• As mentioned earlier, Psyco generates multiple versions of native-code chunks, optimised for different types of objects — that means Psyco needs a lot of additional memory. Forcing Psyco to work on an entire large Python program that is not a good candidate for Psyco optimisation will most likely degrade the performance of your program. Therefore, avoid using psyco.full(), except in cases where your program is short, and/or you are sure that the whole program is CPU-bound, by the nature of the problem you are solving. You can instruct Psyco to not try to compile the whole Python program, but to first profile the program, and then native-compile only the critical parts based on this profiling. Do this by using psyco.profile() instead of psyco.full(). Profiling is recommended for large programs. You can also pass a watermark value to psyco.profile(), which should be between 0.0 and 1.0. A smaller watermark indicates that more functions are to be native-compiled, and the larger value that less functions should be compiled. The default watermark value is 0.09, if you don’t pass the parameter.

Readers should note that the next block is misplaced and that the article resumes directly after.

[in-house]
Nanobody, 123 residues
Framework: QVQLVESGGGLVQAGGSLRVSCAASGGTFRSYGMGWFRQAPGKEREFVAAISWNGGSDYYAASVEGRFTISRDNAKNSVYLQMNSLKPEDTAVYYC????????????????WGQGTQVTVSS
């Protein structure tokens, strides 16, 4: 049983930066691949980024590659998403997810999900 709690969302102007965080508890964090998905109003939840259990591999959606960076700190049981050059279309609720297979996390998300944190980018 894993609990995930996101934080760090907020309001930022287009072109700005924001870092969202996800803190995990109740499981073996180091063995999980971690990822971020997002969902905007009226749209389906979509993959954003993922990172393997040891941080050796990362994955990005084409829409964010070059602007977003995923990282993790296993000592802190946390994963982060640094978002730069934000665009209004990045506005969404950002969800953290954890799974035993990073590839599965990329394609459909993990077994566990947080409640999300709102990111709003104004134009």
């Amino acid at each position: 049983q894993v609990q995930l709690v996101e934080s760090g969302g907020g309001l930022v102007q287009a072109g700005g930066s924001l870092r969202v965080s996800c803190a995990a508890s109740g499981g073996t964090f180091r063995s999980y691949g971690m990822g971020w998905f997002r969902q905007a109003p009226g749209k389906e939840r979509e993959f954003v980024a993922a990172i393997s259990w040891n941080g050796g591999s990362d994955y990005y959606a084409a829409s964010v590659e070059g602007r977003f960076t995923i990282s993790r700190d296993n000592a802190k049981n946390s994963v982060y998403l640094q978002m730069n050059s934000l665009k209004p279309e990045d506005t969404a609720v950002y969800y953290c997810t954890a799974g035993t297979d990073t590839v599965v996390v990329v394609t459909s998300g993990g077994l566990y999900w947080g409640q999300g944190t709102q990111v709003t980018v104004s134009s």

• The Psyco functions psyco.full() and psyco.profile() take another argument, memory, which specifies the kilobytes limit below which the functions are compiled. Psyco also provides a log() function to enable logging (the log file is named program.log-psyco, by default). The following Psyco code enables logging and the profiled compilation of those functions that take at least 7 per cent of execution time, and less than 200 kilobytes per function:
    psyco.log()
    psyco.profile(0.07,memory=200)
  • You can also manually choose which functions you want Psyco to compile, using the psyco.bind() and psyco.proxy()functions. Both these functions take the name of the function to be compiled (in Python, that is a reference to a function object). The difference in their behaviour is as follows:
    • The proxy() function native-compiles the passed function object, and returns a reference to the native-code-compiled chunk as its return value. The returned reference is still callable; it is still a function object. However, the original function object remains unchanged—the same byte-code that was created when you ran the program. To run the optimised code, you must invoke the native-code-compiled function object via the variable containing the proxy() function’s return value (g in the example below). If you invoke the function by its original name (function2 as from a def function2() statement) then you are calling the byte-code/unoptimised version.